Travis freely admits that Serendipity Studios had many good reasons not to move. “We had a very well-established brand and image in Boise. Our rates were at the top. We had a stellar reputation in the area.” Given all the Cossels had going for them there, he concedes, “I don’t think most people would even give the idea of relocating across the country a second thought.” But ultimately, it came down to a choice of moving forward and pursuing a “bigger vision” or staying and stagnating. “For us,” Travis says, “the real risk was in choosing to do nothing.”
Of course, leaving home, family, and friends is never just about business, and rarely is it something done without a measure of ambivalence. “I’d be lying if I said we never had any moments of doubt,” Travis says, recalling two times in particular when commercial spaces they were trying to secure fell through, and they had to deal with those headaches in the midst of wedding season. “It’s not as if we’re oblivious to the risks. What we’re doing is a crazy-huge, almost-insane risk with a ton of work and effort required, but we’re just at a place where we feel that it’s right for us, and it’s what we have to do to move forward.”
The Cossels first began discussing relocation in 2008. They didn’t settle on Miami right away and researched a number of possibilities; their prerequisites were “a larger and more lucrative market and also a place where we’d enjoy living.” After narrowing down the list to Miami and San Diego over the next year or so, the Cossels chose Miami because it “had a lower cost of living [than San Diego], and also offered good access to the destination wedding market [and] the larger East Coast market. It also didn’t hurt that I was chatting with Ray Roman one night, and he couldn’t stop talking about how many weddings there are in Miami,” Travis recalls. “I believe his comment was ‘like fish in a barrel.’”
The Cossels spent the next 4–6 months developing their relocation plan. “The timing of so many things was critical,” Travis says. “For example, we had weddings booked already for the summer of 2010, and we needed the 2010 season to build up extensive funds for the relocation. We also wanted to time our relocation to hit just before the start of the wedding season in Miami. And we had to start figuring out a living situation and where we would put our studio,” he continues.
A crucial part of the plan was to find a place where they could live and work in the same building, but with some separation between their condo home and a street-level studio. “Candice did a lot of research, which also involved us flying down to look at locations. She learned more about Miami than I think most people who live here know. She was also instrumental in getting us hooked up with all the right professionals to help us with the transition, including our awesome interior designer, Jessie Supp.”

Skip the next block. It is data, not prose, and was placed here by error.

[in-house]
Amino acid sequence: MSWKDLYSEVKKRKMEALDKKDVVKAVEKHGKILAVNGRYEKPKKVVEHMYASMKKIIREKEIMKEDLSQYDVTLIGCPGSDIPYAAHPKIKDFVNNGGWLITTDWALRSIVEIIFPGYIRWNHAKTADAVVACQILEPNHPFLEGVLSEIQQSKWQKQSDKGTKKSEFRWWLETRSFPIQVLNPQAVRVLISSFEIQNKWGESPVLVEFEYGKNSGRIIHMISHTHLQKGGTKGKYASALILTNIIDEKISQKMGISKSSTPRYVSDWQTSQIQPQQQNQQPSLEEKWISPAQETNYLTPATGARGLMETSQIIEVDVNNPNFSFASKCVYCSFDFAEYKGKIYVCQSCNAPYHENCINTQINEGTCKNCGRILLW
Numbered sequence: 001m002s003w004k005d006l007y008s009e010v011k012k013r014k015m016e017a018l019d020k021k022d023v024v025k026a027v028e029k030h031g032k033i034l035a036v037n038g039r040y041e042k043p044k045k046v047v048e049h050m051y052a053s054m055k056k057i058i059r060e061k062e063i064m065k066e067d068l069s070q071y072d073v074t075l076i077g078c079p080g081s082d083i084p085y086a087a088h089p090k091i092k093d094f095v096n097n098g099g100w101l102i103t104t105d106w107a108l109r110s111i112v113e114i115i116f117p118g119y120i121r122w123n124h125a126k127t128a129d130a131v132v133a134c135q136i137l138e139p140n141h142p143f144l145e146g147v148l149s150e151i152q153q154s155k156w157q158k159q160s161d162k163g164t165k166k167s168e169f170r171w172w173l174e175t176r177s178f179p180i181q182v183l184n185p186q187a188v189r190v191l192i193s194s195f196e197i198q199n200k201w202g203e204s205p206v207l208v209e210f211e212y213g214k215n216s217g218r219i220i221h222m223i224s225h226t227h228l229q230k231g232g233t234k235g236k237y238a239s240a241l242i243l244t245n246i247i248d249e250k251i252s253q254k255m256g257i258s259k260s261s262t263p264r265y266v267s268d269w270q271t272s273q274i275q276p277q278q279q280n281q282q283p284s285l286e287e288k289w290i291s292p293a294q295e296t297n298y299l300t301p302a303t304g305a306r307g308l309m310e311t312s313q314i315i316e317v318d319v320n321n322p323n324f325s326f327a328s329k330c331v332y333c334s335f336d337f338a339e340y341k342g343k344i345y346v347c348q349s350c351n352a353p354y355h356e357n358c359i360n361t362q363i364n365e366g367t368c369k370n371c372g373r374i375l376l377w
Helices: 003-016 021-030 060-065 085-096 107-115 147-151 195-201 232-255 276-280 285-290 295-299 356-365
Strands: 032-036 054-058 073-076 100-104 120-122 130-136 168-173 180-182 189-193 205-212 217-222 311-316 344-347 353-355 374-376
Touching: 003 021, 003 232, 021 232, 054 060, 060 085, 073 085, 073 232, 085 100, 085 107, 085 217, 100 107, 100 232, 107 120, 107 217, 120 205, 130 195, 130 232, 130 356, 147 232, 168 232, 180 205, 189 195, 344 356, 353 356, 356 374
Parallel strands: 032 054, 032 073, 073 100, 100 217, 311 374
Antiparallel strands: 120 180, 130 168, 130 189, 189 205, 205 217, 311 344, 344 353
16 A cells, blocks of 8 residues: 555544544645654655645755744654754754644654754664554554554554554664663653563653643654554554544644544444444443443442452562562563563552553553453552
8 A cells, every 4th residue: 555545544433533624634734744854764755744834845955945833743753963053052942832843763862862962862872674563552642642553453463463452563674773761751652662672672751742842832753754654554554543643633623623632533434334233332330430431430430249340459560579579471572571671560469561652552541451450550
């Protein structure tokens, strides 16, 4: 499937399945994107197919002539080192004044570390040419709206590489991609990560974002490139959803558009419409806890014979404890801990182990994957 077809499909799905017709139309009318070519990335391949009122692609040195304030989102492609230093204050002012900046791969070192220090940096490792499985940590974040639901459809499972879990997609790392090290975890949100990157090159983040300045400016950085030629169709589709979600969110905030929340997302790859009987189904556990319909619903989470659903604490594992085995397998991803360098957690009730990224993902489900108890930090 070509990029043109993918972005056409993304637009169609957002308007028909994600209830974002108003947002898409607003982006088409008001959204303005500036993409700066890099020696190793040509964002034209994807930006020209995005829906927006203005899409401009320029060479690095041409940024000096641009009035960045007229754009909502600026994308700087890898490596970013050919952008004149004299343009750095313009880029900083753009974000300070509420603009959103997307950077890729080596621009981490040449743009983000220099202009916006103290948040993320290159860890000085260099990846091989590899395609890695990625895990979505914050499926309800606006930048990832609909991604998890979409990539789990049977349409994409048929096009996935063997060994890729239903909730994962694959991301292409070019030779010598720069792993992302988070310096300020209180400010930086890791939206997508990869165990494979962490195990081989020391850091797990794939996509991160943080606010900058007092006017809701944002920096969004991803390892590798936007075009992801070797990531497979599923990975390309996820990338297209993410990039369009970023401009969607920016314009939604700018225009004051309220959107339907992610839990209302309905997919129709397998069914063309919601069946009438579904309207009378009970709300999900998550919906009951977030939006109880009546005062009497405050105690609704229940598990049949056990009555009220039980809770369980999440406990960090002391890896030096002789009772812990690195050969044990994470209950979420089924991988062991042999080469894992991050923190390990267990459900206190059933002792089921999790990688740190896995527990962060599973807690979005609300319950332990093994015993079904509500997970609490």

Marketing and Networking
Travis says Serendipity Studios began marketing to the Miami market less than 6 months prior to the move, and while the Cossels did some traditional advertising, most of their efforts involved networking with other wedding vendors in the area. But when they arrived in late October, they were essentially starting fresh. “Prior to the actual move, we didn’t have any bookings for weddings in Miami.
This would probably be a terrifying prospect for most, but we have a lot of confidence in our ability to book with brides in person, so we’re not concerned—yet. We also made sure we saved up at least 6 months of salary and overhead just in case things started off slowly.”
Within a few days after their arrival, the Cossels booked their first Florida wedding for 2011, with a California bride, and they booked their second shortly thereafter. In addition to those two Florida weddings, at this writing, Serendipity Studios’ 2011 bookings included one in Idaho, one in California, and one in Jamaica. “I think a lot of people would be concerned with only having five weddings booked for 2011, but we just aren’t. We know the weddings will come, and we limit our studio to only 20 bookings per service each year anyway,” Travis says. “I understand that some businesses are set up to succeed by volume based on a lesser product delivered. But too many studios have the talent and great work to charge much higher prices and shoot fewer weddings a year and they don’t. This hurts our industry, and they don’t realize it. There seems to be this badge of honor associated with shooting back-to-back weddings on a weekend, when in reality they should have been charging more money to shoot the first wedding then referred the second wedding to another studio.”
Another reason for the Cossels’ confidence is their perception of the opportunities their new market offers. “From what we can tell from all of our research, there are plenty of weddings in Miami to go around. The tricky part is going to be breaking into the high-end market, which really seems to revolve around referrals and who you know, which wasn’t a surprise at all. It’s going to take time to break into those circles and get ourselves known. This is something we’ve been working on doing for at least 6 months now, and now that we’re here, it’s going to be an even greater priority.”